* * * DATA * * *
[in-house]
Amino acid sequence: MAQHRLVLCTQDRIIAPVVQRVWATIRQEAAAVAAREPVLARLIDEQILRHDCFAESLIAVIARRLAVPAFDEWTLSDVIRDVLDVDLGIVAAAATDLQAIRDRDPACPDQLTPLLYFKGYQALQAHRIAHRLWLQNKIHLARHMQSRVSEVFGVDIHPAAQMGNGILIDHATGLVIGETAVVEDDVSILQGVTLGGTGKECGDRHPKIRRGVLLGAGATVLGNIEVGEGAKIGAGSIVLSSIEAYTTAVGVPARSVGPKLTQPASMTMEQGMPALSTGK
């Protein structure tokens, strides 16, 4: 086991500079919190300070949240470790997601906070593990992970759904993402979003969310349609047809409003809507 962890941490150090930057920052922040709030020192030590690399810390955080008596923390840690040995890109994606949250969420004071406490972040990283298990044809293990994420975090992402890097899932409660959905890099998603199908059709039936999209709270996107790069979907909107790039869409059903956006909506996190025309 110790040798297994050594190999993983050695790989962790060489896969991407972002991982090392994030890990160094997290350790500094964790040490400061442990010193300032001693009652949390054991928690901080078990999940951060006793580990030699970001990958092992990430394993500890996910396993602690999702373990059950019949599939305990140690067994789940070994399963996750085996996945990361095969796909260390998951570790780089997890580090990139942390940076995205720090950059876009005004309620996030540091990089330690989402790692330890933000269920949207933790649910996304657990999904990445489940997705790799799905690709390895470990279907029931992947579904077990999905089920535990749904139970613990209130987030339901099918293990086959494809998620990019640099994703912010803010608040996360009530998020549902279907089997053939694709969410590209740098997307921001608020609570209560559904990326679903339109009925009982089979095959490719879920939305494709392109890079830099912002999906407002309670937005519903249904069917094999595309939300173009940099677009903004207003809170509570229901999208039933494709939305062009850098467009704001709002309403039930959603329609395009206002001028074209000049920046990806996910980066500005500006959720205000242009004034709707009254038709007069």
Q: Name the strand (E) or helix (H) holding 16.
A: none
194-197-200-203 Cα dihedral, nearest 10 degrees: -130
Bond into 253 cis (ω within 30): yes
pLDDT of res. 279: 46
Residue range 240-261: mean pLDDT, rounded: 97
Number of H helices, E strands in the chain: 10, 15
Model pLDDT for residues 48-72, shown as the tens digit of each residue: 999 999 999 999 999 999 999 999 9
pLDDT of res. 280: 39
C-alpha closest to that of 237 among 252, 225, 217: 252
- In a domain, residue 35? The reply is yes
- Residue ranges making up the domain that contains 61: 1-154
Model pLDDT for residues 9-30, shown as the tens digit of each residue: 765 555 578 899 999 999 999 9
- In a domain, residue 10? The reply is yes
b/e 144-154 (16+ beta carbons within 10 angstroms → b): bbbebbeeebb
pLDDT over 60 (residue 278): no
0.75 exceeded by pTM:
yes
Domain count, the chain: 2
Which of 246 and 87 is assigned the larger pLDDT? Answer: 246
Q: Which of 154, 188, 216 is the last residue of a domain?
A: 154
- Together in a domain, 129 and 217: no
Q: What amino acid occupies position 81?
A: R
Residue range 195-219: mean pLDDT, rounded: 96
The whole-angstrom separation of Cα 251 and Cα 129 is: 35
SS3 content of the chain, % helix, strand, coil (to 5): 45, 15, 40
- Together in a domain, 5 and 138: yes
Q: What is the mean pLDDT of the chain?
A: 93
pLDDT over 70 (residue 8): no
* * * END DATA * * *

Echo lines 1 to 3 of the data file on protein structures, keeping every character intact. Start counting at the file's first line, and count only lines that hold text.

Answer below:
[in-house]
Amino acid sequence: MAQHRLVLCTQDRIIAPVVQRVWATIRQEAAAVAAREPVLARLIDEQILRHDCFAESLIAVIARRLAVPAFDEWTLSDVIRDVLDVDLGIVAAAATDLQAIRDRDPACPDQLTPLLYFKGYQALQAHRIAHRLWLQNKIHLARHMQSRVSEVFGVDIHPAAQMGNGILIDHATGLVIGETAVVEDDVSILQGVTLGGTGKECGDRHPKIRRGVLLGAGATVLGNIEVGEGAKIGAGSIVLSSIEAYTTAVGVPARSVGPKLTQPASMTMEQGMPALSTGK
């Protein structure tokens, strides 16, 4: 086991500079919190300070949240470790997601906070593990992970759904993402979003969310349609047809409003809507 962890941490150090930057920052922040709030020192030590690399810390955080008596923390840690040995890109994606949250969420004071406490972040990283298990044809293990994420975090992402890097899932409660959905890099998603199908059709039936999209709270996107790069979907909107790039869409059903956006909506996190025309 110790040798297994050594190999993983050695790989962790060489896969991407972002991982090392994030890990160094997290350790500094964790040490400061442990010193300032001693009652949390054991928690901080078990999940951060006793580990030699970001990958092992990430394993500890996910396993602690999702373990059950019949599939305990140690067994789940070994399963996750085996996945990361095969796909260390998951570790780089997890580090990139942390940076995205720090950059876009005004309620996030540091990089330690989402790692330890933000269920949207933790649910996304657990999904990445489940997705790799799905690709390895470990279907029931992947579904077990999905089920535990749904139970613990209130987030339901099918293990086959494809998620990019640099994703912010803010608040996360009530998020549902279907089997053939694709969410590209740098997307921001608020609570209560559904990326679903339109009925009982089979095959490719879920939305494709392109890079830099912002999906407002309670937005519903249904069917094999595309939300173009940099677009903004207003809170509570229901999208039933494709939305062009850098467009704001709002309403039930959603329609395009206002001028074209000049920046990806996910980066500005500006959720205000242009004034709707009254038709007069």